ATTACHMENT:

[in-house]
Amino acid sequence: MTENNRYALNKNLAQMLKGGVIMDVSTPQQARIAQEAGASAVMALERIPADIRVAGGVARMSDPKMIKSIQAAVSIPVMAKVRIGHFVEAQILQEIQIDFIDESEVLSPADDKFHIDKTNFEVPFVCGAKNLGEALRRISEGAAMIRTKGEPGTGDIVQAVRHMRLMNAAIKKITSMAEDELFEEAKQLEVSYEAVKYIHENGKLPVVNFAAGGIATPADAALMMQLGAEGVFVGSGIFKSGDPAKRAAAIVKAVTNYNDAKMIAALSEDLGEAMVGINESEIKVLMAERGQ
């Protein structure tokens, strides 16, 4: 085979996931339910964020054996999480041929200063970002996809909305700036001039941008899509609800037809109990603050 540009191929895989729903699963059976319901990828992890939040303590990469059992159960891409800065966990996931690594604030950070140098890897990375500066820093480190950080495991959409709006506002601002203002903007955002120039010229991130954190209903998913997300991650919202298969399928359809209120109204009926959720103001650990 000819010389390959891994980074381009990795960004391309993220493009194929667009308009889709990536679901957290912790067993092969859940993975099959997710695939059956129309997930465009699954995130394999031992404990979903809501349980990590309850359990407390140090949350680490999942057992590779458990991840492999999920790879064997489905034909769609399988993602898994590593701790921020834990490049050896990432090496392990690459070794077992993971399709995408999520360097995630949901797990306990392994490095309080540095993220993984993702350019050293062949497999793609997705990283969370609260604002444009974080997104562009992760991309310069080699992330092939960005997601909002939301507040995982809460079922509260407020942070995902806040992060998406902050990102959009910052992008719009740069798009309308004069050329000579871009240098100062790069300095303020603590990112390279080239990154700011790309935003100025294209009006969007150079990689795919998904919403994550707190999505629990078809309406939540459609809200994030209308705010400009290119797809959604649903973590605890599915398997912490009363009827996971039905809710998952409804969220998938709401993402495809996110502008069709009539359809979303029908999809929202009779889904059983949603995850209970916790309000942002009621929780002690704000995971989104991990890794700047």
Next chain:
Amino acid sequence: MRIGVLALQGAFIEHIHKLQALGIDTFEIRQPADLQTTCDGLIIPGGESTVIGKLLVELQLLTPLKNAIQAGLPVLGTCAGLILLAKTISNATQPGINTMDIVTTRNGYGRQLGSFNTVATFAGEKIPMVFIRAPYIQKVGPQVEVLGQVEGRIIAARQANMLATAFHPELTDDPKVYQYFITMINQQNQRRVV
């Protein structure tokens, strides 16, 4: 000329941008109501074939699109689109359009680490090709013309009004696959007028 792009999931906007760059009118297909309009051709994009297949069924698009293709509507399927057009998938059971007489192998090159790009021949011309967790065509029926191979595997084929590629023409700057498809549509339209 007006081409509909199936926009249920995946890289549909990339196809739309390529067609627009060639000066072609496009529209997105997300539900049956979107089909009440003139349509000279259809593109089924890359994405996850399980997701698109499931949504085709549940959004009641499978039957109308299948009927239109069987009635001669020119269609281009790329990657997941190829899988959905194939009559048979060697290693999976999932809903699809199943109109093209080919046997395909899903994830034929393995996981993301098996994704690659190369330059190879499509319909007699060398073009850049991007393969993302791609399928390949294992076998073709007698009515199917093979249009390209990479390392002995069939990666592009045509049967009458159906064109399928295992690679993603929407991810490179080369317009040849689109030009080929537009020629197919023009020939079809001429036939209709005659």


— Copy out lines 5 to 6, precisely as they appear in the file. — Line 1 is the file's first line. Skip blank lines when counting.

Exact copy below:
Amino acid sequence: MRIGVLALQGAFIEHIHKLQALGIDTFEIRQPADLQTTCDGLIIPGGESTVIGKLLVELQLLTPLKNAIQAGLPVLGTCAGLILLAKTISNATQPGINTMDIVTTRNGYGRQLGSFNTVATFAGEKIPMVFIRAPYIQKVGPQVEVLGQVEGRIIAARQANMLATAFHPELTDDPKVYQYFITMINQQNQRRVV
């Protein structure tokens, strides 16, 4: 000329941008109501074939699109689109359009680490090709013309009004696959007028 792009999931906007760059009118297909309009051709994009297949069924698009293709509507399927057009998938059971007489192998090159790009021949011309967790065509029926191979595997084929590629023409700057498809549509339209 007006081409509909199936926009249920995946890289549909990339196809739309390529067609627009060639000066072609496009529209997105997300539900049956979107089909009440003139349509000279259809593109089924890359994405996850399980997701698109499931949504085709549940959004009641499978039957109308299948009927239109069987009635001669020119269609281009790329990657997941190829899988959905194939009559048979060697290693999976999932809903699809199943109109093209080919046997395909899903994830034929393995996981993301098996994704690659190369330059190879499509319909007699060398073009850049991007393969993302791609399928390949294992076998073709007698009515199917093979249009390209990479390392002995069939990666592009045509049967009458159906064109399928295992690679993603929407991810490179080369317009040849689109030009080929537009020629197919023009020939079809001429036939209709005659």